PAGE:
(WASHINGTON) — Biden administration officials said Monday that the numbers of migrants making unauthorized border crossings over the weekend continued to be significantly lower than expected but they were not ready to declare their plan a success just yet.
“I think it’s — it’s still too early to draw firm conclusions,” Assistant Secretary for Border and Immigration Policy Blas Nuñez-Neto said in response to questions about the decline seen since last Thursday when the pandemic-era policy that allowed migrants to be quickly expelled ended.
“We are closely watching what’s happening. We are confident that, you know, the plan that we have developed across the U.S. government to address these flows will work over time,” he told reporters on Monday.
U.S. Border Patrol agents made 14,752 migrant apprehensions in the past 72 hours, Border Patrol Chief Raul Ortiz said in a tweet Monday.
Unauthorized crossings had reached more than 10,000 per day last week — and President Joe Biden said then he expected the border to be “chaotic for a while,” despite measures by border authorities to contain a surge in migration.
Homeland Security Secretary Alejandro Mayorkas told ABC “This Week” co-anchor Jonathan Karl on Sunday the decline was about 50% from levels seen just before the Title 42 policy lifted last week.
As ABC News has reported, some data suggests the Title 42 expulsion order may have caused more border crossings, not fewer. The data showed significantly higher repeat crossing attempts under Title 42, compared to standard immigration processing under Title 8 of the U.S. Code.
Since Friday, Title 8 now dictates the way all migrants at the border are processed.
“And it is important to note, that while Title 42 has ended, the conditions that are causing hemispheric migration at unprecedented levels have not changed,” Nuñez-Neto said. “We continue to see more displaced people in the hemisphere than we have in decades.”
There are many factors that cause migrants to make the dangerous journey north, including high levels of violence and economic instability across Latin America. More than 100 million people are displaced globally, including 20 million in the Western Hemisphere, according to the State Department.
“Migration impacts every single country in the region, and no one country can provide solutions for millions of displaced people on their own,” State Department Principal Deputy Assistant Secretary Marta Youth said Monday.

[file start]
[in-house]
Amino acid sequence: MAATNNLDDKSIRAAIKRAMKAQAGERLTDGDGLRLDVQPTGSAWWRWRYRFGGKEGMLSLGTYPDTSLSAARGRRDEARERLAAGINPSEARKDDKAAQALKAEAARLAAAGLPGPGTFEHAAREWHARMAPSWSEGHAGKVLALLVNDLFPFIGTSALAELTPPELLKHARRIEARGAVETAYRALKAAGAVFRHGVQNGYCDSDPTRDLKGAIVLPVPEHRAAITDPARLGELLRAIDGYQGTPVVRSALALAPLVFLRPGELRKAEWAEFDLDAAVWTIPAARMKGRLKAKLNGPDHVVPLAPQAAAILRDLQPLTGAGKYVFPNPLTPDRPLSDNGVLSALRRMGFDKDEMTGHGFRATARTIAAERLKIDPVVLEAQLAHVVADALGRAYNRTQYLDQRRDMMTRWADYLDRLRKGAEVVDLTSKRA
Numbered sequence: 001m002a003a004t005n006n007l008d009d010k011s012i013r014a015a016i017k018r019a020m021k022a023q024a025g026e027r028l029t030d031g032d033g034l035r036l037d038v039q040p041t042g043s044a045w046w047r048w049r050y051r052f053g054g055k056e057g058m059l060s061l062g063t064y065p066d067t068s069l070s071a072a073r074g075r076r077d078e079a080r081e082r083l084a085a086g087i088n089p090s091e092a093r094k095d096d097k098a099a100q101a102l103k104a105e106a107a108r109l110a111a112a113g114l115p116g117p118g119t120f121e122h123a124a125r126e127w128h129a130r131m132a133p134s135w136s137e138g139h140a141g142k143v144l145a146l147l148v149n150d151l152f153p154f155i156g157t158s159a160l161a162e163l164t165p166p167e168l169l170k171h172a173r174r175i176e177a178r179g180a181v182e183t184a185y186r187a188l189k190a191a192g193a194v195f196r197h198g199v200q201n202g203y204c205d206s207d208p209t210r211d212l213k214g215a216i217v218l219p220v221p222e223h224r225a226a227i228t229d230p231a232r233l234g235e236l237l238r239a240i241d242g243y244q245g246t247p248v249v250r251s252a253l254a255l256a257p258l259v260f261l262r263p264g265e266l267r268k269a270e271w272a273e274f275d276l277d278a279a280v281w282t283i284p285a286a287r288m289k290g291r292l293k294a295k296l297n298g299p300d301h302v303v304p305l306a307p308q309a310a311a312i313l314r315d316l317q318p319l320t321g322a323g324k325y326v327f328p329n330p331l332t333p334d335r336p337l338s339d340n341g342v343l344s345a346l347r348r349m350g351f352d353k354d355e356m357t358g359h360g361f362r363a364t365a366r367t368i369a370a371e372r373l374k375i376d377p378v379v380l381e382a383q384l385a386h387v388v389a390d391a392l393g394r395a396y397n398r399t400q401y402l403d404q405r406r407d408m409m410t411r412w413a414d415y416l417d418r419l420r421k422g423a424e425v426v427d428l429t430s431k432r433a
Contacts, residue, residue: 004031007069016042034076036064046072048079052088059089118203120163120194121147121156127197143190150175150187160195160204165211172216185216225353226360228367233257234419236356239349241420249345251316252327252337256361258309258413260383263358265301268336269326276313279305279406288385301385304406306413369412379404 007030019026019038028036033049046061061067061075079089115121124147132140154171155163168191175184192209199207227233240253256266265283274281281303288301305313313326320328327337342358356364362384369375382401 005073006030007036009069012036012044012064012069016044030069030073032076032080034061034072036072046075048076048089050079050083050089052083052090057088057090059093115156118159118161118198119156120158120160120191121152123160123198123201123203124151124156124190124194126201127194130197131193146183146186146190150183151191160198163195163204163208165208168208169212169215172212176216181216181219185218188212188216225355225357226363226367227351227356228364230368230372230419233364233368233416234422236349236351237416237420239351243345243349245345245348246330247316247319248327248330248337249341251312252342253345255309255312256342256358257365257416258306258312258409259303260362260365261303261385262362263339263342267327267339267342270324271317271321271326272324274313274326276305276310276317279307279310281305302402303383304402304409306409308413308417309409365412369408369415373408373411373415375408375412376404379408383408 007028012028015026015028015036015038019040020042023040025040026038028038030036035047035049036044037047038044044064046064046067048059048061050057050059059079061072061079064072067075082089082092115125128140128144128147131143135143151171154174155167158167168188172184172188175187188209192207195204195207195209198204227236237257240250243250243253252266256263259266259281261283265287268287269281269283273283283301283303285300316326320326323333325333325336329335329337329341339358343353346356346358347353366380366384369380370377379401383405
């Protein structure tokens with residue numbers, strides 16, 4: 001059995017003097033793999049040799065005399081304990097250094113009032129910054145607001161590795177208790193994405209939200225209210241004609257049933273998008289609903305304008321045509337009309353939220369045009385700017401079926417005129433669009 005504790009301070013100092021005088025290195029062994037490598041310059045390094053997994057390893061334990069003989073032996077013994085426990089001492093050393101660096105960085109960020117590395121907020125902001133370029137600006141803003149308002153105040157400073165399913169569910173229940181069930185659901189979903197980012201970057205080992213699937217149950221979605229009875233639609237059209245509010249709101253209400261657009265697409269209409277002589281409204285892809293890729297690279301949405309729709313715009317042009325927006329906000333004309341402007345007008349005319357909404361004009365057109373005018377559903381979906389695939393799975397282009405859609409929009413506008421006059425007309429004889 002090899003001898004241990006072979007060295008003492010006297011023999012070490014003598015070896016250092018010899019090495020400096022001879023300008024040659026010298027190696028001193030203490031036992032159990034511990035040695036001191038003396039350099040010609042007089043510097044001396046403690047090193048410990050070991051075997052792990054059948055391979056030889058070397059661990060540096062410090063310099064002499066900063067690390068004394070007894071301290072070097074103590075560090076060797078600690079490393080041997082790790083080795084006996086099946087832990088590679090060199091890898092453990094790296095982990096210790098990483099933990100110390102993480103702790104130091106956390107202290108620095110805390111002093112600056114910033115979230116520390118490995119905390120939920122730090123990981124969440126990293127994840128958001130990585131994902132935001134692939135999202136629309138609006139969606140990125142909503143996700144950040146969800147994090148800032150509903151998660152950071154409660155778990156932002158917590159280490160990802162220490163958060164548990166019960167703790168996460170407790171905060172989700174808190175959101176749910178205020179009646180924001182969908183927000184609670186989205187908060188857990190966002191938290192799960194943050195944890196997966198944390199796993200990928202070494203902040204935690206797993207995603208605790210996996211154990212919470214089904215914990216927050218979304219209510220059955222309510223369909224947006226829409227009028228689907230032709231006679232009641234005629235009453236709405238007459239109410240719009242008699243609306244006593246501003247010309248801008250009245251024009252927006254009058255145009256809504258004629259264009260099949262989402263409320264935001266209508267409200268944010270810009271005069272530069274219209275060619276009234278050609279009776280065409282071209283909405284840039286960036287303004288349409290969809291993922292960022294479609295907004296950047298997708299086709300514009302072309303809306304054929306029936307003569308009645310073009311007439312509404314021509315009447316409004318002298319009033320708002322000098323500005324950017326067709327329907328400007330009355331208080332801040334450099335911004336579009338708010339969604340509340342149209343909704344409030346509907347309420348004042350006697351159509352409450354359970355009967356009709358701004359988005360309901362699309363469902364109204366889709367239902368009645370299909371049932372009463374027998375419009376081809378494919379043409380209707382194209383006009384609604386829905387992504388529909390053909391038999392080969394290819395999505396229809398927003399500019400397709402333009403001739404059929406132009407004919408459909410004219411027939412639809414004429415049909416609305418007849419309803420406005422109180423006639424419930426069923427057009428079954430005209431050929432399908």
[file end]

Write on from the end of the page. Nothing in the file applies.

Mexico and Guatemala have surged their own law enforcement and military personnel in recent days while administration officials continue to tout the effectiveness of the parole pathways that allow migrants to temporarily enter the country and claim asylum.
Homeland Security over the weekend returned “hundreds” of migrants to Mexico, including Venezuelans, Cubans and Nicaraguans. Thousands more were repatriated to other countries, Nuñez-Neto said, adding that Title 8 deportations are occurring “much more quickly” than before.
Administration officials have pointed to new options for legal immigration including proposals for foreign migrant processing centers.
However, a spokesperson for Guatemalan President Alejandro Giammattei said the government had not received any official requests from the U.S. government to create special processing centers for migrants trying to cross borders and eventually cross into the U.S.
“The government of Guatemala has not received any official requests for creating any kind of reception center yet,” Guatemalan government spokesman Kevin Lopez Oliva told ABC News in an interview Friday.
“We just made a proposal to Secretary Mayorkas in a call, in a just unique call that just recently happened last week” between the Guatemalan President and the US Secretary of Homeland Security, “in which we were proposing an approach, an integral approach between the two countries,” he added.
The approach proposed by the Guatemalan government includes “logistics support” from the U.S., Oliva said.
ABC News’ Haroldo Martinez contributed to this report.
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